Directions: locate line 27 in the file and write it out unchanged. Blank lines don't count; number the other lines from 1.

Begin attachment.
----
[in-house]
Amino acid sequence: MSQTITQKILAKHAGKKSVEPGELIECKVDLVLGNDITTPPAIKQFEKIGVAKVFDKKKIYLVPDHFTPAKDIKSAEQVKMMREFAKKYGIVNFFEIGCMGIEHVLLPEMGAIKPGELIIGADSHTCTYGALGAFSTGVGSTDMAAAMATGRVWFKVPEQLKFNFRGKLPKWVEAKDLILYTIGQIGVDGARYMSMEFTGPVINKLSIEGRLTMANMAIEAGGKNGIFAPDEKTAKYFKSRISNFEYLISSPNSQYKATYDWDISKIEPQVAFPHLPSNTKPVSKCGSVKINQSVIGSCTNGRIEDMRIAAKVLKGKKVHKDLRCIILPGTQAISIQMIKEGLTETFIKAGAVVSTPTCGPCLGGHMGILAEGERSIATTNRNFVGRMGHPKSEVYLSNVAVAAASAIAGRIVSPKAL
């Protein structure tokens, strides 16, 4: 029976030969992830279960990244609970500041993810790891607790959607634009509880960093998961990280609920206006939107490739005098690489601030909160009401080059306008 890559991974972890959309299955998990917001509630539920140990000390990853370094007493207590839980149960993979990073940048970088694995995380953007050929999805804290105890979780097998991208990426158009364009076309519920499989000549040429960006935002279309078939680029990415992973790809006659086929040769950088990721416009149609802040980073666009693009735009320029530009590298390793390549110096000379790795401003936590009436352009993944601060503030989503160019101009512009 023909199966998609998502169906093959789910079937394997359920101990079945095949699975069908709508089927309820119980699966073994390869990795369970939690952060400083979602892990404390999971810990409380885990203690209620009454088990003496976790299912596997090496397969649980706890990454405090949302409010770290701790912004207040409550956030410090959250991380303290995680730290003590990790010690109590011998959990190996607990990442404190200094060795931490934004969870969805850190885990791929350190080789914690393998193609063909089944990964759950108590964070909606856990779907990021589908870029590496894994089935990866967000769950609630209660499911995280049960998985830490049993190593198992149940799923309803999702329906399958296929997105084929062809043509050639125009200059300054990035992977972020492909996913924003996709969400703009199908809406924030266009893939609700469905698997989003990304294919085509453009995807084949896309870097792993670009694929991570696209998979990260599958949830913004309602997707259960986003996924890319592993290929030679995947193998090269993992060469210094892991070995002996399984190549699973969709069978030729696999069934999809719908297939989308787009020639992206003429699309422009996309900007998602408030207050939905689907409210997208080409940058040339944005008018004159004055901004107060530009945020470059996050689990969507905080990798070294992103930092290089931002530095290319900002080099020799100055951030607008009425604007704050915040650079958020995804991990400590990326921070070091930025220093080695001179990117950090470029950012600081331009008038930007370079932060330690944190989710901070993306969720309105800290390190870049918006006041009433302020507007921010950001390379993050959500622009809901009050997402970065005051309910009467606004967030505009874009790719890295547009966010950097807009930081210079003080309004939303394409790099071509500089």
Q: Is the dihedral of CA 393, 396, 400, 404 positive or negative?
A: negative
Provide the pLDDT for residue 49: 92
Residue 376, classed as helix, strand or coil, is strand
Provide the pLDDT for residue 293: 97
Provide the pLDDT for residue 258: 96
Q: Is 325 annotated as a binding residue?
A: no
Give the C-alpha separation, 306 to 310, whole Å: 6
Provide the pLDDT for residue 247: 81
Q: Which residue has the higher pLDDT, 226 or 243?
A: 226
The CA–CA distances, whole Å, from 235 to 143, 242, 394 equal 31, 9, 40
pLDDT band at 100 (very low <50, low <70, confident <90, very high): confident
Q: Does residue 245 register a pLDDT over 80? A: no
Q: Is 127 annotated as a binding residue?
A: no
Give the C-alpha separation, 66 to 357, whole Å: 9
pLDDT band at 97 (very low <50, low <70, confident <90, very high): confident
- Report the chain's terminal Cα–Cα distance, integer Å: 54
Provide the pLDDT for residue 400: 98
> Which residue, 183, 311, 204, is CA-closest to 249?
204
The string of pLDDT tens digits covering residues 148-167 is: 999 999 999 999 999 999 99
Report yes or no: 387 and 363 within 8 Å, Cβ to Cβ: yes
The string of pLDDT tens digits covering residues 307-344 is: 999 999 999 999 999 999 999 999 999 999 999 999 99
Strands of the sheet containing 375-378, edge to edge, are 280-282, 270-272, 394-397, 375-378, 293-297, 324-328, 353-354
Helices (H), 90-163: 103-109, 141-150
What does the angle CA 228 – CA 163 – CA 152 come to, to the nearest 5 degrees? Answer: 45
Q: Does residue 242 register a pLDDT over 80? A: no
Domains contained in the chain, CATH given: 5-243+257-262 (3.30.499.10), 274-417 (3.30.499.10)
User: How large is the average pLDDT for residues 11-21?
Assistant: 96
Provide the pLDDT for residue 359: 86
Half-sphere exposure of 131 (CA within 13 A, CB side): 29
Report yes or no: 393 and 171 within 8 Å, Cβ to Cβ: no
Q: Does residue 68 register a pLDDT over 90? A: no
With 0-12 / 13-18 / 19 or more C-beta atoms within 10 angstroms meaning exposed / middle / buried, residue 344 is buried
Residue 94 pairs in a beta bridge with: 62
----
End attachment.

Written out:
The string of pLDDT tens digits covering residues 148-167 is: 999 999 999 999 999 999 99